If you still find yourself not grasping what the concept of "adding additional layer to the reality", let us help you by giving a couple of practical applications of this technology, fighter cockpit and BMW.
To tell you the gist of the technology, it projects images to the windscreens.
As most advancements of cutting-edge technology have their origin in the armaments industry, we can find a few early-stage implementation of AR in high-tech weaponry.
Let me start with Helmet-mounted display (HMD) for the pilots. HMD is a device used in combat aircraft. It appeared in the mid-1970s to help the pilot aim heat seeking missiles or make bore attacks by projecting important targeting and navigational information to the goggles of aviator. As its effectiveness was known after South African Air Force's first jet fighter operation with HMD, many nations adopted this technology to their fighters.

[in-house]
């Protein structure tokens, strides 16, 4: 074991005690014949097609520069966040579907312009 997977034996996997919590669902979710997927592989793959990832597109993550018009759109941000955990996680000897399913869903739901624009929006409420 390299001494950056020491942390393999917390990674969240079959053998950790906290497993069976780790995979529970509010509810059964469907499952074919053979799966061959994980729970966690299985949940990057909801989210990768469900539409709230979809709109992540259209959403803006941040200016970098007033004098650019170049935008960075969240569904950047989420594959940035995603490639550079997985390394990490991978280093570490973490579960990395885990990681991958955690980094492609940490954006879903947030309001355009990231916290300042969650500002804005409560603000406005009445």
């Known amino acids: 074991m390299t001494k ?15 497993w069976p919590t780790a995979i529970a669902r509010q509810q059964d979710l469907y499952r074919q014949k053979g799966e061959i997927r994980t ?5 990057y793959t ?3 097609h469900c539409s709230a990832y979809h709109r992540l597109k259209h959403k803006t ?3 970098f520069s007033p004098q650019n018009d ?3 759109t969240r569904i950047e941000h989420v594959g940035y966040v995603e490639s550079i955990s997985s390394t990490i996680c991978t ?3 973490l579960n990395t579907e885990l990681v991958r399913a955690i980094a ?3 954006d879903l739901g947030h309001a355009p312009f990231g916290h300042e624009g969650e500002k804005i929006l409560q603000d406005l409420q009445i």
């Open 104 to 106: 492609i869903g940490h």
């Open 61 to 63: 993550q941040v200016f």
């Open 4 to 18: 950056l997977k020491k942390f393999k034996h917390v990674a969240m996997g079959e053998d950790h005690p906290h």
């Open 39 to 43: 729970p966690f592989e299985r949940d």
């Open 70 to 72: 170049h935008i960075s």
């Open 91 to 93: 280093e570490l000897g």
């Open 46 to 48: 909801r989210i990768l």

One of the popular one is AH-64 Apache with IHADSS (Integrated Helmet And Display Sight System)
This upgraded HMD, IHADSS, is integrated with the sensors of combat helicopter. Since the line of sight (LOS) of the aviator is calibrated and aligned to the point of missile and machine guns, the aviator can easily and promptly aim the target. In order to detect the movement of helmet (the head position of the pilot), optical tracking and electromagnetic tracking technologies were used.
Now let's move on to the commercial use case of this technology. In automotive technology, Head-up display (HUD) technology is one that fully realized AR up to now. BMW first produced the automobile with this HUD. HUD projects relevant driving information to the drivers’ line of sight.
Although it looks magical, it is also very simple in concept. The images are projected to the small square depression on the dashboard.
These two are the obvious real-life use of AR technology. Nevertheless, AR is not widely spread nor perceived as a technology in its matured stage yet. Let's...
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